There are also several heritage railways in the vicinity, Bure Valley Narrow Gauge between Wroxham and Aylsham offers you the opportunity to visit Wroxham and the Broads at the same time. Another railway is the Holt to Sheringham Steam Railway, about 22 miles from the site, this is a full-sized heritage railway.

For beach lovers, there is a whole coastline to explore, much of which is dog friendly, but you do need to check. Mundsley, Winterton on Sea, Cromer are near the site.

There is a restaurant, Scarborough Hotel which is 5 minutes’ walk from the site, they do a wide range of food and allow dogs as well.  There are a wide range of takeaways and several pubs in North Walsham itself.


Guest Blog Post | Chester Fairoaks Caravan & Motorhome Club Site Review

This site is located approximately 5 miles from the world famous Roman walled/Medieval shopping rows city of Chester. It is very easy to access from the nearby M53, please see the Site Arrival Video

Site photoThe site is level and has 100 pitches of which 89 are hardstanding. The site is open all year round. Booking ahead is strongly recommended as this site tends to be busy at most times of the year. The Reception block provides the essential basics and has a well-stocked information room of leaflets and points of interest. It is advisable to check with Reception when you visit to see if there are any discounted attraction tickets available at the time. There is a secure dog walking area to the left of the site entrance. On site there are the usual service points and a generous sized toilet block, with dishwashing, laundry and disabled standard facilities. It should be noted that there is no late-night arrival facility at this site. It is open to members and non-members and tent pitches are available. There is a children’s play area available.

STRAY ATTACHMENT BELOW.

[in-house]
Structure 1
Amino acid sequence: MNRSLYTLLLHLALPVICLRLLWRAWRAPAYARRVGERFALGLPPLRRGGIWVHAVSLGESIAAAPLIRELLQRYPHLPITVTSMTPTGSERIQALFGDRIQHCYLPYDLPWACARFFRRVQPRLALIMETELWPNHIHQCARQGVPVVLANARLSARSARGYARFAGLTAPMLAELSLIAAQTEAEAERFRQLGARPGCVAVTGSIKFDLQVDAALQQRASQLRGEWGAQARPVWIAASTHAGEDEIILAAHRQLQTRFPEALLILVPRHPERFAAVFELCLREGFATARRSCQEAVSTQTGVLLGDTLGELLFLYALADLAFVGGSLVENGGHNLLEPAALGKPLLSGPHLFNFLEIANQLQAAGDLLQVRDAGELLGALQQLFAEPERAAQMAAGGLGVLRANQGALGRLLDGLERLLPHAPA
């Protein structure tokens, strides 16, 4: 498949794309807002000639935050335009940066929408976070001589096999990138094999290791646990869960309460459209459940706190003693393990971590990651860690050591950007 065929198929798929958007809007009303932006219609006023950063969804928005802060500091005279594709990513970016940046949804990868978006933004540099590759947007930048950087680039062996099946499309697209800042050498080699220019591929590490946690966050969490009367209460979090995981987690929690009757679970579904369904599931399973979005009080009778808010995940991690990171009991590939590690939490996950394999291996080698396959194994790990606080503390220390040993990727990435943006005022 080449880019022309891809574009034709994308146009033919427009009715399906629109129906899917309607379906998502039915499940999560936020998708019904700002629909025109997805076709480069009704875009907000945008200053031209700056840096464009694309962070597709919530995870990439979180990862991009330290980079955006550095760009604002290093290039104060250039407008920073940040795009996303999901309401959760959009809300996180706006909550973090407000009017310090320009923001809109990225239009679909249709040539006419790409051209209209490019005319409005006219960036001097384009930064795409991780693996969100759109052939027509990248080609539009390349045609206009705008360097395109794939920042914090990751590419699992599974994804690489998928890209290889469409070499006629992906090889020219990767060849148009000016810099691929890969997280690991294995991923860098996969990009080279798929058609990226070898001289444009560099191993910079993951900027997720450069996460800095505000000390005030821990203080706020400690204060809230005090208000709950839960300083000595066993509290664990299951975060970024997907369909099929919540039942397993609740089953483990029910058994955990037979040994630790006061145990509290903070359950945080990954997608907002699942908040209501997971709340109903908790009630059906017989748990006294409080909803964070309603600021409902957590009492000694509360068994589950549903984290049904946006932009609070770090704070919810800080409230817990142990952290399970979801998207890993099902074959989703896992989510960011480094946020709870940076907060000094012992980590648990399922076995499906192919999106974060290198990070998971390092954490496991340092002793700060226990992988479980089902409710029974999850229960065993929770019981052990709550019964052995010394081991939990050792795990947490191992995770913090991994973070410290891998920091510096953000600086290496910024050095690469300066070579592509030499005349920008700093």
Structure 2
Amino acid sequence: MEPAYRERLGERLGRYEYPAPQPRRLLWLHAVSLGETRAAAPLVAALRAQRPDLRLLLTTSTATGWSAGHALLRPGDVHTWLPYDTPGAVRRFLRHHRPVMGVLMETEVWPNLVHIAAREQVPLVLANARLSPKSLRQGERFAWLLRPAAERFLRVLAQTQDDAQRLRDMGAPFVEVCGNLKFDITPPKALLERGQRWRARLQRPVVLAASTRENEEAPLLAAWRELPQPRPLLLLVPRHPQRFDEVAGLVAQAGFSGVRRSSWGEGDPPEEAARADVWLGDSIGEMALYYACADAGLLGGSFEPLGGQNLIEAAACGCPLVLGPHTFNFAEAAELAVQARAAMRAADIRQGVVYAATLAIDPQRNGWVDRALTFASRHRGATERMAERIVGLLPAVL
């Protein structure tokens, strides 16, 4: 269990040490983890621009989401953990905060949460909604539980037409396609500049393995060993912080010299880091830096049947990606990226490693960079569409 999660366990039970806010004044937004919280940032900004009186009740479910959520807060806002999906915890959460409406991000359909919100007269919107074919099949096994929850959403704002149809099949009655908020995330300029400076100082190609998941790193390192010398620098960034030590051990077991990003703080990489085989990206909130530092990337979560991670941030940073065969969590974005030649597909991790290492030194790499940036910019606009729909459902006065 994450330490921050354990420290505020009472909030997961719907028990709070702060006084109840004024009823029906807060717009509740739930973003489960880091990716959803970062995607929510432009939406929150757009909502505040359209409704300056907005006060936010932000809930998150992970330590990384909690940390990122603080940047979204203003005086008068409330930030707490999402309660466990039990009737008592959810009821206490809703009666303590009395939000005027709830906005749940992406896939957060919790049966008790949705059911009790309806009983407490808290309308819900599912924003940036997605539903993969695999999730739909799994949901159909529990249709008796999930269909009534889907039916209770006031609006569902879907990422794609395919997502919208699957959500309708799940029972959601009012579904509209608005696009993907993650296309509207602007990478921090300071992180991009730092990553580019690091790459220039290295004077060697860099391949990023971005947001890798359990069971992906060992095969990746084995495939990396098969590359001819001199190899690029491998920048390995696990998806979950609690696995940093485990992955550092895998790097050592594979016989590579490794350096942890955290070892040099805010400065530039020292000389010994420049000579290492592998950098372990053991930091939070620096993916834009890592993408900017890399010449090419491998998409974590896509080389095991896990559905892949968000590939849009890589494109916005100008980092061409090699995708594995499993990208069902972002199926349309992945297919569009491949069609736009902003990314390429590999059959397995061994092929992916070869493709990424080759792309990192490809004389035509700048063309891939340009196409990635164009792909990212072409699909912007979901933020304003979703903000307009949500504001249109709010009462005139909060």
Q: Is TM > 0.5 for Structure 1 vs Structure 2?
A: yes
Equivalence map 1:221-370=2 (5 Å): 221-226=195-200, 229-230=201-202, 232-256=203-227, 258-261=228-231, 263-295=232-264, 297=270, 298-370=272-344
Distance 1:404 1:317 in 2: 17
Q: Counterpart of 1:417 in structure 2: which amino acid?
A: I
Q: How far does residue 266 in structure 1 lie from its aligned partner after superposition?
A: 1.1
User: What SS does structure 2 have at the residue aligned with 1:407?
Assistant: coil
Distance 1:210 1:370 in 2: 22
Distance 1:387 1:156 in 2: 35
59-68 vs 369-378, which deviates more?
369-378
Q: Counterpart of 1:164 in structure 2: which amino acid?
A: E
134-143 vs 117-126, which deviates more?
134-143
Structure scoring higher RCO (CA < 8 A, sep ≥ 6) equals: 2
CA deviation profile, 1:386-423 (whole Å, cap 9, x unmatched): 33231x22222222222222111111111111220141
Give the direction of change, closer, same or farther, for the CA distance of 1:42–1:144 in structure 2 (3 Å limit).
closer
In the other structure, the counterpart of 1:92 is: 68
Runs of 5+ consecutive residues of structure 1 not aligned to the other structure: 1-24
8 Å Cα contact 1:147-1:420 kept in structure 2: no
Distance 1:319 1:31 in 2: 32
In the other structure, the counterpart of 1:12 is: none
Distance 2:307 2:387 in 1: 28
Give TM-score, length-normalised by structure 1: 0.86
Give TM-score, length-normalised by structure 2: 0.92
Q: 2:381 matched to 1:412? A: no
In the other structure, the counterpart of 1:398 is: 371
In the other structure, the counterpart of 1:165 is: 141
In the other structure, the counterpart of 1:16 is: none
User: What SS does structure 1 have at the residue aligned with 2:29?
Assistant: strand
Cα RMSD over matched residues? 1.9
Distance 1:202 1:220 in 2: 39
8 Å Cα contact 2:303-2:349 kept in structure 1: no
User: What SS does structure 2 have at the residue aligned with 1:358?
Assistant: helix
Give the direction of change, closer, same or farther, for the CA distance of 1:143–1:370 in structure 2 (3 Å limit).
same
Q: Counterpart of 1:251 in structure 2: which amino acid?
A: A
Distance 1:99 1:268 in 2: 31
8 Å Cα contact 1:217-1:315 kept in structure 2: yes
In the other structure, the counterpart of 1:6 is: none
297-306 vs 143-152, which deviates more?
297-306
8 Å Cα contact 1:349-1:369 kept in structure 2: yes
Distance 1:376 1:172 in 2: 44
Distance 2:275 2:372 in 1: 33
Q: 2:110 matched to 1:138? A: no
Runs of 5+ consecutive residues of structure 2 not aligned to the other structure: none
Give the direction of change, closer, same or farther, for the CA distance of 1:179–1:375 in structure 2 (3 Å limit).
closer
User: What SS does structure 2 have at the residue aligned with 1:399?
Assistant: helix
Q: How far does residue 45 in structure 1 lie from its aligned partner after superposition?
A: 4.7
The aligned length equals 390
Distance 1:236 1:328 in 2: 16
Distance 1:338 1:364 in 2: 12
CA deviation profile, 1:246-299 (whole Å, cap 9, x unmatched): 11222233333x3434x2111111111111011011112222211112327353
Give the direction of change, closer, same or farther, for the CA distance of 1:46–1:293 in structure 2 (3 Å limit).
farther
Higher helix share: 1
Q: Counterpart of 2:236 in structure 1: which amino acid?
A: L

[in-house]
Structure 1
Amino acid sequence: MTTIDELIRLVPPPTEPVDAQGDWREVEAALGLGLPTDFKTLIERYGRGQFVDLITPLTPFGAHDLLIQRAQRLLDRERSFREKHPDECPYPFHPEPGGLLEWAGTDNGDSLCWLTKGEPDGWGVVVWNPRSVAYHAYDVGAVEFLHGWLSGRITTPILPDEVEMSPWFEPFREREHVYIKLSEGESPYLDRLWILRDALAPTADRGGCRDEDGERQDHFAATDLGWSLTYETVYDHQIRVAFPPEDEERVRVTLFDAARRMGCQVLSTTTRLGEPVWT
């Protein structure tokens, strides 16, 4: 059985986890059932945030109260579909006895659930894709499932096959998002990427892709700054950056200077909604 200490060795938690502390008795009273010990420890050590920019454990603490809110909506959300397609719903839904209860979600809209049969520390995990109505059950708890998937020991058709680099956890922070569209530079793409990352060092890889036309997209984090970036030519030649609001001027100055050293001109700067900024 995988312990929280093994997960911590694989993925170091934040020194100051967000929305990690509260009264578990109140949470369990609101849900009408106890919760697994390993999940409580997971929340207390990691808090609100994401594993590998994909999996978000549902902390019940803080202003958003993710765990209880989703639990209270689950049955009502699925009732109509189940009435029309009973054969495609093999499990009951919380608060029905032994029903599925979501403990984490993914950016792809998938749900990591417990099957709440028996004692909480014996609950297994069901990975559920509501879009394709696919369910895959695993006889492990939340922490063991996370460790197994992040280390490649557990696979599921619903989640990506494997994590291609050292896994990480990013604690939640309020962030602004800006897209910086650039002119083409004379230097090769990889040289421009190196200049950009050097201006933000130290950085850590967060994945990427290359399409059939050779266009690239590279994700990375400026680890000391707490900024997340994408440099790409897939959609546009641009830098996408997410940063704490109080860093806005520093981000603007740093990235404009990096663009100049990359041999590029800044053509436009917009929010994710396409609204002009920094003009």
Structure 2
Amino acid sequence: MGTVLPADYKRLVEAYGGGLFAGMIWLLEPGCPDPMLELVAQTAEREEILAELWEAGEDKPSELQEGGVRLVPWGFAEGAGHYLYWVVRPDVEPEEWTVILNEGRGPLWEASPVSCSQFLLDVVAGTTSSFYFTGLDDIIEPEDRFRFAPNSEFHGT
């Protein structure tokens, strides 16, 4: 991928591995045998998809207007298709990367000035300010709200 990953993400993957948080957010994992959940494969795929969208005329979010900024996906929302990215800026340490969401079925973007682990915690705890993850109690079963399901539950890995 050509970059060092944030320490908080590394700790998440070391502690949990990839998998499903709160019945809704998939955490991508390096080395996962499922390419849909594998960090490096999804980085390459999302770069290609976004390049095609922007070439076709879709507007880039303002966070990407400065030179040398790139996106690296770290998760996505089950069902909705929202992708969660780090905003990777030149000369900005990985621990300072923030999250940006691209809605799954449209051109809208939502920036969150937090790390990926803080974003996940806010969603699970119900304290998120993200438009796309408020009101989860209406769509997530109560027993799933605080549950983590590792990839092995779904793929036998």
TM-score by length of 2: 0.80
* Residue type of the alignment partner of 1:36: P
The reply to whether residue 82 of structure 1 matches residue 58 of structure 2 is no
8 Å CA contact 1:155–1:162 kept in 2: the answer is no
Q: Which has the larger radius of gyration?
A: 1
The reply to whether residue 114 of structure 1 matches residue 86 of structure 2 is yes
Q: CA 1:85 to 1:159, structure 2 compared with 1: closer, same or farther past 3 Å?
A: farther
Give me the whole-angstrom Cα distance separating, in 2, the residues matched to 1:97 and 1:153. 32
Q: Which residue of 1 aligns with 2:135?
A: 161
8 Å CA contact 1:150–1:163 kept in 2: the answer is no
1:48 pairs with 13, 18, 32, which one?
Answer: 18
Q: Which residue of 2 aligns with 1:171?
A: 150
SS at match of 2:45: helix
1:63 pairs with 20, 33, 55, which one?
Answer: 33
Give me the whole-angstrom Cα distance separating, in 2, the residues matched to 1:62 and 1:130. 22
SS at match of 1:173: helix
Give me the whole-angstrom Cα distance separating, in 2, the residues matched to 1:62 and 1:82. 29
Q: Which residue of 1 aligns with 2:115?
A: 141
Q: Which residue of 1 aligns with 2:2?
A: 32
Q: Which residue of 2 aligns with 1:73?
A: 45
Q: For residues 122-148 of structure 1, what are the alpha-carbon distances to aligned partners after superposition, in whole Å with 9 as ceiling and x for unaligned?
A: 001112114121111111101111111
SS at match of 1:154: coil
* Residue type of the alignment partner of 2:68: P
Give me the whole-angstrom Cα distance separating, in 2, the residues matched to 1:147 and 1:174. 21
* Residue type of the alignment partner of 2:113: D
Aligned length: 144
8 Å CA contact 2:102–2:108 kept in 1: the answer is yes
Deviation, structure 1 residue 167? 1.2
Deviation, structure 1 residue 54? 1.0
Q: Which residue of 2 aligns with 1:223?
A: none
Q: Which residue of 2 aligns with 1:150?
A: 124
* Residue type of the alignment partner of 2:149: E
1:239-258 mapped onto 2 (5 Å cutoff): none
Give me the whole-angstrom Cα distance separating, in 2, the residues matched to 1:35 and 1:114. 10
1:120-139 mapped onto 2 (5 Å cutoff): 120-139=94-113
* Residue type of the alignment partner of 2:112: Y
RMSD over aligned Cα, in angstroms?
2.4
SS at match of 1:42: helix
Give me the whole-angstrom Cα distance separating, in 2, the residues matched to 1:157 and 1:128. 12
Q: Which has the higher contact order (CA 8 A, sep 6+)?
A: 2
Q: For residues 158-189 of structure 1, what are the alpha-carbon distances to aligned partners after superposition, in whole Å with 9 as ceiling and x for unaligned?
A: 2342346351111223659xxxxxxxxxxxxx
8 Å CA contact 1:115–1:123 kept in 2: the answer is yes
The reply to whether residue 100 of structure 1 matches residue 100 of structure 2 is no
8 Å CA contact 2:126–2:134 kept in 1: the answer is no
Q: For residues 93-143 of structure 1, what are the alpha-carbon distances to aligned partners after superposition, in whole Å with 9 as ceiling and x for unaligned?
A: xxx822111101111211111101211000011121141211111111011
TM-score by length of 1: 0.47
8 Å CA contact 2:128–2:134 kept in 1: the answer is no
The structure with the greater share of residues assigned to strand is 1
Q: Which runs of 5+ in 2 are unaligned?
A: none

It should be noted that due to the proximity of the motorway, some road noise is unavoidable.

Wi-Fi is available on site and is rated as Bronze by the Club. TV reception is noted as good. Mobile telephone signal, dependent upon your provider, has very good coverage.

There is an almost endless list of things to do, whether it is a dry or wet day. For this review, it has been limited to an area of approximately 5 miles from the site.

The nearest supermarket is Sainsbury’s, which includes a petrol station and is sited next door to the McArthur Glen Cheshire Oaks Outlet village.P6120004

Transport links are good, although if you are venturing into Chester with a car, it is far better to use the Chester Zoo Park & Ride, which is about 3 miles from the site. Parking in Chester is very limited and highly expensive. It is also possible to walk from the site, about 10 minutes, onto the McArthur Glen Outlet Village and catch either a No1 or X8, (correct at the time of writing) bus into Chester. You need to check that you are at the Chester bound bus stop side. www.stagecoachbus.com